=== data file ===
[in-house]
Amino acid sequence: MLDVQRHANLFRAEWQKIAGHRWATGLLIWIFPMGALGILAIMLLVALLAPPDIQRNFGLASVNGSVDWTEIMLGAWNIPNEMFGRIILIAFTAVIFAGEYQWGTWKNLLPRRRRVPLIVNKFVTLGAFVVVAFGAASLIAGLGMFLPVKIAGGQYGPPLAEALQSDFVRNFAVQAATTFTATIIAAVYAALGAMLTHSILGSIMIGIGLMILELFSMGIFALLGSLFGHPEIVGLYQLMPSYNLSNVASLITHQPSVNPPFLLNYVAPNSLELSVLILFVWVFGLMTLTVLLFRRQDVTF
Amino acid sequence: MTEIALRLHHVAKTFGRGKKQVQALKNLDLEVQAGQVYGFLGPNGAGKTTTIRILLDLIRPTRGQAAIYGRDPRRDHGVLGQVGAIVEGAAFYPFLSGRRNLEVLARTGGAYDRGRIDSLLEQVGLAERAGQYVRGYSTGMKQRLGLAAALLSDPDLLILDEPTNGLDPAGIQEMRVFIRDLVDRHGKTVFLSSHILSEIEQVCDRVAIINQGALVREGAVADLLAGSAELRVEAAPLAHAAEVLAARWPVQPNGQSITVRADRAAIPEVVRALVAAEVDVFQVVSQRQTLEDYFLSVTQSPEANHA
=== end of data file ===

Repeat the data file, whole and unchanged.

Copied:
[in-house]
Amino acid sequence: MLDVQRHANLFRAEWQKIAGHRWATGLLIWIFPMGALGILAIMLLVALLAPPDIQRNFGLASVNGSVDWTEIMLGAWNIPNEMFGRIILIAFTAVIFAGEYQWGTWKNLLPRRRRVPLIVNKFVTLGAFVVVAFGAASLIAGLGMFLPVKIAGGQYGPPLAEALQSDFVRNFAVQAATTFTATIIAAVYAALGAMLTHSILGSIMIGIGLMILELFSMGIFALLGSLFGHPEIVGLYQLMPSYNLSNVASLITHQPSVNPPFLLNYVAPNSLELSVLILFVWVFGLMTLTVLLFRRQDVTF
Amino acid sequence: MTEIALRLHHVAKTFGRGKKQVQALKNLDLEVQAGQVYGFLGPNGAGKTTTIRILLDLIRPTRGQAAIYGRDPRRDHGVLGQVGAIVEGAAFYPFLSGRRNLEVLARTGGAYDRGRIDSLLEQVGLAERAGQYVRGYSTGMKQRLGLAAALLSDPDLLILDEPTNGLDPAGIQEMRVFIRDLVDRHGKTVFLSSHILSEIEQVCDRVAIINQGALVREGAVADLLAGSAELRVEAAPLAHAAEVLAARWPVQPNGQSITVRADRAAIPEVVRALVAAEVDVFQVVSQRQTLEDYFLSVTQSPEANHA